In a timely blog in Health Affairs, George Washington University Milken Institute School of Public Health Professor Sara Rosenbaum responds to the Trump administration’s letter of January 11 inviting states to propose demonstrations to test the effects of threatening to withdraw or reduce Medicaid from people who fail to meet work requirements.
In the Health Affairs blog, “Unpacking the Trump Administration’s Section 1115 Medicaid Work Demonstration Solicitation," Rosenbaum, the school’s Harold and Jane Hirsh Professor of Health Law and Policy, presents her analysis of the solicitation. The letter announces “a new policy designed to assist states in their efforts to improve Medicaid enrollee health and well-being through incentivizing work and community engagement among non-elderly, non-pregnant adult Medicaid beneficiaries who are eligible for Medicaid on a basis other than disability.”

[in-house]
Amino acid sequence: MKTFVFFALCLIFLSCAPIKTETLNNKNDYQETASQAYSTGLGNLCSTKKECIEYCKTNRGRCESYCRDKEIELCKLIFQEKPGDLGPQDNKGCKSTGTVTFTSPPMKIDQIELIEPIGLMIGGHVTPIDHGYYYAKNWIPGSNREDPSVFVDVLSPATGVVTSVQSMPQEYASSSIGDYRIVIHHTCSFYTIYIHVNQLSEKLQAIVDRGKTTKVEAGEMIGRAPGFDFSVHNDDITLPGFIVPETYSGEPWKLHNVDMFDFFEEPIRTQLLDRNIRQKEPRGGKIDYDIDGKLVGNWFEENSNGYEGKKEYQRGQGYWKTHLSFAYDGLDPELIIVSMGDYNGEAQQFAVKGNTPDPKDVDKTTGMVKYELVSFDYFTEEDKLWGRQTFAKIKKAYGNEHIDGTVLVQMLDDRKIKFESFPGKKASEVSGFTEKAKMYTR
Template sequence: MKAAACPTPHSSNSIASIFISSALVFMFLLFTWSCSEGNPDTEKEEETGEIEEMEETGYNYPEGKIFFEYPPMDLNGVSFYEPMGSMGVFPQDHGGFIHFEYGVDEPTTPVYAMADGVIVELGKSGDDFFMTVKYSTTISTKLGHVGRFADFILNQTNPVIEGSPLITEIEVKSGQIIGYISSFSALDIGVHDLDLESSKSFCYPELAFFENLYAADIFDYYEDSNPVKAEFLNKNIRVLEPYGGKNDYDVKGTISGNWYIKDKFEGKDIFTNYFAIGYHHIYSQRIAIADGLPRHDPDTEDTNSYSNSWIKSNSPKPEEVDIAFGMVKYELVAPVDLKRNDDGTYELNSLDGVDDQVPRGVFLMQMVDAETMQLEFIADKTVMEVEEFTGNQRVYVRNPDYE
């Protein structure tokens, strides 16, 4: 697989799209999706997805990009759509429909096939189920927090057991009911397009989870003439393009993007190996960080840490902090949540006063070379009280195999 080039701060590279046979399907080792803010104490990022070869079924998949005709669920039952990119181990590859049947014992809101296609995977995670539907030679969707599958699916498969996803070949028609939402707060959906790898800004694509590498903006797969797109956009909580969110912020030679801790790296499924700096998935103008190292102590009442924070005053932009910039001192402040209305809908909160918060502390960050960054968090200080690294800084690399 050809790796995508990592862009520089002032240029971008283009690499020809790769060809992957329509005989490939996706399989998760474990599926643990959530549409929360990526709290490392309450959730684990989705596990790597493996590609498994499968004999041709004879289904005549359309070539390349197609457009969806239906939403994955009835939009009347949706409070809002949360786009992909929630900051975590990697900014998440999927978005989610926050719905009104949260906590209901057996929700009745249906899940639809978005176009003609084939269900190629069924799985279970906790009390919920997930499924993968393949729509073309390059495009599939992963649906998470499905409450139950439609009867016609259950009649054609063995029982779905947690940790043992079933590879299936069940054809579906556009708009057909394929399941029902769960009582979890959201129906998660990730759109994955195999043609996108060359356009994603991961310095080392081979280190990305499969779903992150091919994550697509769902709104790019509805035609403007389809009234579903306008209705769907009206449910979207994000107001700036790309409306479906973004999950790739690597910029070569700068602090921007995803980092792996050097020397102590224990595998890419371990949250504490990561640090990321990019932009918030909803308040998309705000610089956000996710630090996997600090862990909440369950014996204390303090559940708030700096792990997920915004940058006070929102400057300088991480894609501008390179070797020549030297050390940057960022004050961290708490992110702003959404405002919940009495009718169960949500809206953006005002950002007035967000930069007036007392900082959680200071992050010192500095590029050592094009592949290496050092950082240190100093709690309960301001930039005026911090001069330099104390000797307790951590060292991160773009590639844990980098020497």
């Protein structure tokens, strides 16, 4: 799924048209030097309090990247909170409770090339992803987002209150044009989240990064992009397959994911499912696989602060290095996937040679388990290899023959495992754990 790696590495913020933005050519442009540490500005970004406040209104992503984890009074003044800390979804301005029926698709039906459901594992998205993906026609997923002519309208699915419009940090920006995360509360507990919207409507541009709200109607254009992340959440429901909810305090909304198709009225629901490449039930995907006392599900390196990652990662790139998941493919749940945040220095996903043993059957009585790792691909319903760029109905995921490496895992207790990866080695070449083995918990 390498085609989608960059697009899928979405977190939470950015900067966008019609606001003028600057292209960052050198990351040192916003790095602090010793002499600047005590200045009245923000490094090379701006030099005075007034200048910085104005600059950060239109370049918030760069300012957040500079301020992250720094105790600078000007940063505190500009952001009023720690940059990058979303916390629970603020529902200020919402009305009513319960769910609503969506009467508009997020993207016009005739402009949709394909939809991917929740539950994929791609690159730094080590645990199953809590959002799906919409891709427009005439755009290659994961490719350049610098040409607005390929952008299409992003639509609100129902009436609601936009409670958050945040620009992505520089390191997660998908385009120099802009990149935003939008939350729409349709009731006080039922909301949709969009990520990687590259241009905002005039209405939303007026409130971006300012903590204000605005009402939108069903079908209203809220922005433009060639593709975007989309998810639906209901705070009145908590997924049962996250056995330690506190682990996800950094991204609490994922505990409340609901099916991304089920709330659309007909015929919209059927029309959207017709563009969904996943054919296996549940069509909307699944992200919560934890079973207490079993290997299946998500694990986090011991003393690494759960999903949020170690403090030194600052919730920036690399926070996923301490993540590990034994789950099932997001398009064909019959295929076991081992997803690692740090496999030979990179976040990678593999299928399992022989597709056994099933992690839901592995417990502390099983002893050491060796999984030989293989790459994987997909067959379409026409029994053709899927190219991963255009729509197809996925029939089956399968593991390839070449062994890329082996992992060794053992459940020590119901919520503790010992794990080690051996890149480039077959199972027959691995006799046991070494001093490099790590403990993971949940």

As the blog points out, eleven states currently have applications in the pipeline, including the state of Kentucky’s demonstration, which was approved on January 12. Two more states also appear to be considering applying for demonstrations through section 1115 of the Social Security Act, which gives the U.S. Secretary of Health and Human Services authority to approve experimental, pilot, or demonstration projects that promote the objectives of the Medicaid and Children’s Health Insurance Program programs.
In the blog, Rosenbaum contends that the premise underlying the solicitation, that working-age adults need a prod toward gainful employment, is erroneous. She also explains how civil rights laws and due process protections may come into play.
Rosenbaum explains why she believes that withdrawing health care from people who don’t satisfy the new proposals’ requirements creates a public health threat, especially in the poorest communities with widespread reliance on the program.